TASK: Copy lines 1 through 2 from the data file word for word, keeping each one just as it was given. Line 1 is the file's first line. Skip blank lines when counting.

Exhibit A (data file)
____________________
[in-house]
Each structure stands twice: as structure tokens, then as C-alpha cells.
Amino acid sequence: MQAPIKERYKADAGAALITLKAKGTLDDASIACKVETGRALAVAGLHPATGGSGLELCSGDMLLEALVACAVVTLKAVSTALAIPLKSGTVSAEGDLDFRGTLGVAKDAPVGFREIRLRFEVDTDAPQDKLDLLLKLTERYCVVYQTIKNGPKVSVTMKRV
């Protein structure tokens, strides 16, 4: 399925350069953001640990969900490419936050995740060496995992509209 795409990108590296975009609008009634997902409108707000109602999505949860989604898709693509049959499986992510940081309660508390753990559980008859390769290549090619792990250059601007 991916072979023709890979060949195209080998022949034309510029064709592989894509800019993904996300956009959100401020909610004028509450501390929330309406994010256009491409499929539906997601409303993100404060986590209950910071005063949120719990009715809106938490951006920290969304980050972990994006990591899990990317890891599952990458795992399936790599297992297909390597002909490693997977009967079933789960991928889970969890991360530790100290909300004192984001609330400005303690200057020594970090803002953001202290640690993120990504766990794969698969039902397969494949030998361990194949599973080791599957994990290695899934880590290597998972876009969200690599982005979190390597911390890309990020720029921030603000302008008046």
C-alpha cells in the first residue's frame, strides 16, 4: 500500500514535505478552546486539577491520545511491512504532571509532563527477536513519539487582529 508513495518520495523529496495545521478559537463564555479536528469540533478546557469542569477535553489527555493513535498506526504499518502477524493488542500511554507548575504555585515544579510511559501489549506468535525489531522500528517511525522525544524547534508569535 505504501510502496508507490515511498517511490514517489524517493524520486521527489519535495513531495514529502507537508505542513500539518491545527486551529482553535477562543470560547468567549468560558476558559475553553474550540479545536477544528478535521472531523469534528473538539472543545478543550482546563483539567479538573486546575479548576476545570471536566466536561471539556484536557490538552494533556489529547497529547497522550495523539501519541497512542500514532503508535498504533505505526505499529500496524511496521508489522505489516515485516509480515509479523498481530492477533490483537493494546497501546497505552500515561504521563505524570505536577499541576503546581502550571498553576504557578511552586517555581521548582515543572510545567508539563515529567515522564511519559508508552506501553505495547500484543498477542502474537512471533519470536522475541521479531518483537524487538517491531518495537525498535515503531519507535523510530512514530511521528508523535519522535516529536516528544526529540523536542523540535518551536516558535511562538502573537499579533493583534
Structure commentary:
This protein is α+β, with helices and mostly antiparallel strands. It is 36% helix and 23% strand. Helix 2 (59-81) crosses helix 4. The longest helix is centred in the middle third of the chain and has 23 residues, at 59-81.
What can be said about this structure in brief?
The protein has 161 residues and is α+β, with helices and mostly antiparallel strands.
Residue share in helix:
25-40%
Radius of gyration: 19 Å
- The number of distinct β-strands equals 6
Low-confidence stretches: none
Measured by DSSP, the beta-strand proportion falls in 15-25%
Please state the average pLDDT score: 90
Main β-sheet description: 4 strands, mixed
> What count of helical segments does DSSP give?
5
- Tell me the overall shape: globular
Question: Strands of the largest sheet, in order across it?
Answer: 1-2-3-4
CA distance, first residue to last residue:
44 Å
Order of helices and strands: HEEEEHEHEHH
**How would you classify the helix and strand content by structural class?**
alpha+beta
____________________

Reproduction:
[in-house]
Each structure stands twice: as structure tokens, then as C-alpha cells.